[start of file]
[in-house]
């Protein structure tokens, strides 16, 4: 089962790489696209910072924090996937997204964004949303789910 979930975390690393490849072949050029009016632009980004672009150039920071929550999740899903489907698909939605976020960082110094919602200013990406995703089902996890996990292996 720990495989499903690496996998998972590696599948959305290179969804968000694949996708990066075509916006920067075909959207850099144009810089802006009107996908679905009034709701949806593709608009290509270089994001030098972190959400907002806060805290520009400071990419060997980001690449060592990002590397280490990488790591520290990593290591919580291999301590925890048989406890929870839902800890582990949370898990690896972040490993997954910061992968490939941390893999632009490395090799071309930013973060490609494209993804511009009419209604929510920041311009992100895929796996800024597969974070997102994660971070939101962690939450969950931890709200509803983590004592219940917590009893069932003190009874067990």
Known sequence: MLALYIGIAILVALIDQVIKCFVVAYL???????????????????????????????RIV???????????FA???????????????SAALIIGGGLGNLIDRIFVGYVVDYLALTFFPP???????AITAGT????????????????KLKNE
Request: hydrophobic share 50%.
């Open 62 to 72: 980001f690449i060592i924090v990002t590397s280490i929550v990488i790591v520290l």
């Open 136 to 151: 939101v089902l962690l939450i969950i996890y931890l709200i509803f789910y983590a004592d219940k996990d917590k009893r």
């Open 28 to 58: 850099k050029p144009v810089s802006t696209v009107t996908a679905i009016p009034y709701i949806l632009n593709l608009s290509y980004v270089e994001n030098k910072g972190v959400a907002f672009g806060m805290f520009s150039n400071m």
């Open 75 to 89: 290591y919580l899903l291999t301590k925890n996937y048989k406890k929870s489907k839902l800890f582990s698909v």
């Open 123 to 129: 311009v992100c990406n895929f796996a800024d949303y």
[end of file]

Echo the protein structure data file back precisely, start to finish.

[in-house]
């Protein structure tokens, strides 16, 4: 089962790489696209910072924090996937997204964004949303789910 979930975390690393490849072949050029009016632009980004672009150039920071929550999740899903489907698909939605976020960082110094919602200013990406995703089902996890996990292996 720990495989499903690496996998998972590696599948959305290179969804968000694949996708990066075509916006920067075909959207850099144009810089802006009107996908679905009034709701949806593709608009290509270089994001030098972190959400907002806060805290520009400071990419060997980001690449060592990002590397280490990488790591520290990593290591919580291999301590925890048989406890929870839902800890582990949370898990690896972040490993997954910061992968490939941390893999632009490395090799071309930013973060490609494209993804511009009419209604929510920041311009992100895929796996800024597969974070997102994660971070939101962690939450969950931890709200509803983590004592219940917590009893069932003190009874067990």
Known sequence: MLALYIGIAILVALIDQVIKCFVVAYL???????????????????????????????RIV???????????FA???????????????SAALIIGGGLGNLIDRIFVGYVVDYLALTFFPP???????AITAGT????????????????KLKNE
Request: hydrophobic share 50%.
């Open 62 to 72: 980001f690449i060592i924090v990002t590397s280490i929550v990488i790591v520290l």
């Open 136 to 151: 939101v089902l962690l939450i969950i996890y931890l709200i509803f789910y983590a004592d219940k996990d917590k009893r």
């Open 28 to 58: 850099k050029p144009v810089s802006t696209v009107t996908a679905i009016p009034y709701i949806l632009n593709l608009s290509y980004v270089e994001n030098k910072g972190v959400a907002f672009g806060m805290f520009s150039n400071m």
């Open 75 to 89: 290591y919580l899903l291999t301590k925890n996937y048989k406890k929870s489907k839902l800890f582990s698909v």
């Open 123 to 129: 311009v992100c990406n895929f796996a800024d949303y």